By Rebecca Smith
L’ Avare (The Miser) is one of Molière’s best-known plays. First performed in 1668 and published in 1669, it revolves around protagonist Harpagon’s total obsession with l’argent (money) to the detriment of everyone and everything in his life.
Oh, if only Harpagon could have lasted another 3 centuries - what a thrill would have awaited him! His progenitor and his greatest purpose in life – together in one.
In July of 1959, the Banque de France unveiled the 500-Franc Molière banknote, marked “nouveau franc, or, NF”.
The original “franc” named a gold coin minted in 1360 by King John II. In the 1600s such coins were no longer minted, but the term continued to be used to refer to a new coin, the “livre tournois”. The first paper currency was issued in 1701, but crashed in 1720 due to overproduction. A second attempt failed in 1793. In 1795 the republican government of the French Revolution instituted the 5-franc silver piece and later the 20-franc gold piece. The franc, divided into 10 decimos and 100 centimes, became the established French currency unit in 1799. In 1803 the Bank of France was given authority to distribute paper francs but only in high amounts and for restricted use. In 1857 the first 50-franc notes were made available for widespread use.
In 1950, after World War II, 5-, 10- and 20-franc notes were replaced by coins. A few years later 50- and 100-franc notes went the same route. In 1954, 10,000-franc notes were presented and, in April 1956, the Bank of France was set to introduce a new 50,000-franc banknote featuring the portrait of Georges Clemenceau. The plan was cut short, however, when further monetary reforms were announced. The bank then chose to design smaller value banknotes and Moliere’s was one of the portraits chosen.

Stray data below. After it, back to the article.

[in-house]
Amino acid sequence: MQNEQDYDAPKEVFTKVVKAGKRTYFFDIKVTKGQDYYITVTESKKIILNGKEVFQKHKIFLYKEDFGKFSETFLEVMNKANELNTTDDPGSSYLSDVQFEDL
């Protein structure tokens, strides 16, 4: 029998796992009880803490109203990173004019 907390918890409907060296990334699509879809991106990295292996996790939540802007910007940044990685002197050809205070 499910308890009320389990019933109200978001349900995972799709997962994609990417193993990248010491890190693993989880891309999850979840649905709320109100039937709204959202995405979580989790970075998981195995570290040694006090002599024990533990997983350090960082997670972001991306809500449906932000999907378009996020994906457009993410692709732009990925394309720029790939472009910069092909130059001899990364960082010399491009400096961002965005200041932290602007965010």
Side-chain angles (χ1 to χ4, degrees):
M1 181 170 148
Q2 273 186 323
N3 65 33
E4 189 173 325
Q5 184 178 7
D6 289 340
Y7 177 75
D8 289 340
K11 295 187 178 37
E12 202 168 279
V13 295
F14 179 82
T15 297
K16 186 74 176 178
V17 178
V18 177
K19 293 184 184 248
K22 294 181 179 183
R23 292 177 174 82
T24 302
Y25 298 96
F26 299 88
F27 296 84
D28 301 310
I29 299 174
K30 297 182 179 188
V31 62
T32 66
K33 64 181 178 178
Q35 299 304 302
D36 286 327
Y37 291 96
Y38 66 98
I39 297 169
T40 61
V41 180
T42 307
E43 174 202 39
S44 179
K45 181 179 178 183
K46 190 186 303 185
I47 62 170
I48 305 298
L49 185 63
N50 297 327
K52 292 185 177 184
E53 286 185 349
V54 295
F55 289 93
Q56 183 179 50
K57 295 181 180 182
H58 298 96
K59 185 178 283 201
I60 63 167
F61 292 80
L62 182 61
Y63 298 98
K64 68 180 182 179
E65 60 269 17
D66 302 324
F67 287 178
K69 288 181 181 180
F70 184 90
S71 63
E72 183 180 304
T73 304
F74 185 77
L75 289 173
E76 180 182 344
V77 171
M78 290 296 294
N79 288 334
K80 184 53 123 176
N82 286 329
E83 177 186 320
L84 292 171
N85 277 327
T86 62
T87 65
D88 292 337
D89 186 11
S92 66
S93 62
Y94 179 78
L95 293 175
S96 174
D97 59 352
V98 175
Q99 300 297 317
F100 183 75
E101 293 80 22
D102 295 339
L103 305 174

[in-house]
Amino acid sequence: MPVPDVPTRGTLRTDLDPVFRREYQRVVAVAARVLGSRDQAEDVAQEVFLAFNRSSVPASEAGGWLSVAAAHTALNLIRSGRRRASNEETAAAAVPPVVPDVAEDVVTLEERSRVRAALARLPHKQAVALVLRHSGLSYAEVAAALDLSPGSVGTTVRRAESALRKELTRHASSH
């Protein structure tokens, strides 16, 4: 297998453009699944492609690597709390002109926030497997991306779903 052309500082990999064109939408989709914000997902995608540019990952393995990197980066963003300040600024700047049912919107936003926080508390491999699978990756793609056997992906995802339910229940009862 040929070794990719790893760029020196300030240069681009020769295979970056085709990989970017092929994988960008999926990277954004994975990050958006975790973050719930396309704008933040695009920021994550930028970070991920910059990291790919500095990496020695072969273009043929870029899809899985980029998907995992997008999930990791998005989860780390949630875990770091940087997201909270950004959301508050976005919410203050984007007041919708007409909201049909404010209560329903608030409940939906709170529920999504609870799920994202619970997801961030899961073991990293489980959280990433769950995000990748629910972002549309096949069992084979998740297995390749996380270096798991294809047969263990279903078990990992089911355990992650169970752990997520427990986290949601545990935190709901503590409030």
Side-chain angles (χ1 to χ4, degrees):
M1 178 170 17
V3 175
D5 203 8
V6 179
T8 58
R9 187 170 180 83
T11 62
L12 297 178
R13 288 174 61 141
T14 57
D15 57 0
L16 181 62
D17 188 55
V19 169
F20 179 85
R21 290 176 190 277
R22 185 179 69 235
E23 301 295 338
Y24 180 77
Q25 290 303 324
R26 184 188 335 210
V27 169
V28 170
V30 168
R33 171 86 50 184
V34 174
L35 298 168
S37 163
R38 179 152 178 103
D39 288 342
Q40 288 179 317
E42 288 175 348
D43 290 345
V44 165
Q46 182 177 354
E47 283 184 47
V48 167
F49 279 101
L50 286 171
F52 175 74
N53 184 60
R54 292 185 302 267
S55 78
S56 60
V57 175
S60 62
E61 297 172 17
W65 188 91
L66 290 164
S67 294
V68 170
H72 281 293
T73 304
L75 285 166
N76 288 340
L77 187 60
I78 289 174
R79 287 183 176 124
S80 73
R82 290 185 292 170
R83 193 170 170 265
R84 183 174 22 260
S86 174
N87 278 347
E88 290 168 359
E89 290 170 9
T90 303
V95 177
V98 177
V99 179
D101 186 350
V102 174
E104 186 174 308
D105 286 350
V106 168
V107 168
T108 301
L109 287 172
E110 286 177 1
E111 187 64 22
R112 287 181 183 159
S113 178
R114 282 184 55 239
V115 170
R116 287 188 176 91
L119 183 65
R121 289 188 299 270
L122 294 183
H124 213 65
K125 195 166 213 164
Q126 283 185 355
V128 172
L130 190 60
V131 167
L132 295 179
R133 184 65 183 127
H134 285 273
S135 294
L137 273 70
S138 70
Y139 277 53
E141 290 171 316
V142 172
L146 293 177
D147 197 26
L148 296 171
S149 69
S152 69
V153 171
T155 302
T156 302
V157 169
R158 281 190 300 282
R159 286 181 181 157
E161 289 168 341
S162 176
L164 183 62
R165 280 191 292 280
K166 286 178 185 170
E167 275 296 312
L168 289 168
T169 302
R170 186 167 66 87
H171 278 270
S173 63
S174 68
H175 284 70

Molière wasn't the only, or even the first, author honored; Victor Hugo preceded him. Henry IV, Richelieu and Napoleon made appearances; Pascal followed him. Sadly, these notable items of tender were relatively short-lived. Printed between July 1959 and January 1966, they were withdrawn from circulation as of March 9, 1970 and ceased to be legal tender 30 April 1971.
So Harpagon would have had a little more than a decade to bask in his named glory. And with his sole focus on wealth value, he would have had shown little appreciation for the art and social significance of the note.
The image was designed by Jean Lefeuvre and engraved by Jules Piel and André Marliat. The premiere colors were of reds, browns and ochers and it measured 182 mm x 97 mm. The watermark was of Armande Béjart of the renowned Béjart theater family. She was one of the most famous French stage actors of the 17th-century and also, of course, the wife/muse of Molière and the daughter of Madeleine Béjart, with whom he cofounded the IllustreThéâtre in 1643. Thus, it wasn’t just the playwright esteemed on the note but his family and theater company, as well.
Those unique and endearing elements have even more impact now that the Euro has replaced the no-longer-legal-tender-since-2002 franc, and all traces of French national character and history have gone missing. Every Euro shows the EU flag, the signature of the President of the European Central Bank, the Bank’s initials in different EU languages, a listing of EU territories and an enumeration of security features.
But then, only the denomination would have mattered to Harpagon.
By Aaron Barksdale-Burns & Catherine Rush Thompson
During this time of uncertainty, many parents ask: Can a child living in Kansas City get a free high quality total immersion French education?
The answer is a resounding “yes.”
Académie Lafayette, a charter school and model full-immersion program in Kansas City, Missouri, offers French instruction starting in kindergarten. Children in grades kindergarten through 8th grade receive the “gift of a second language, the joy of diverse friendships, and the reward of an excellent education from one of the region’s top-ranked schools…our focus is on helping each student become a critical thinker, engaged learner, and global citizen.”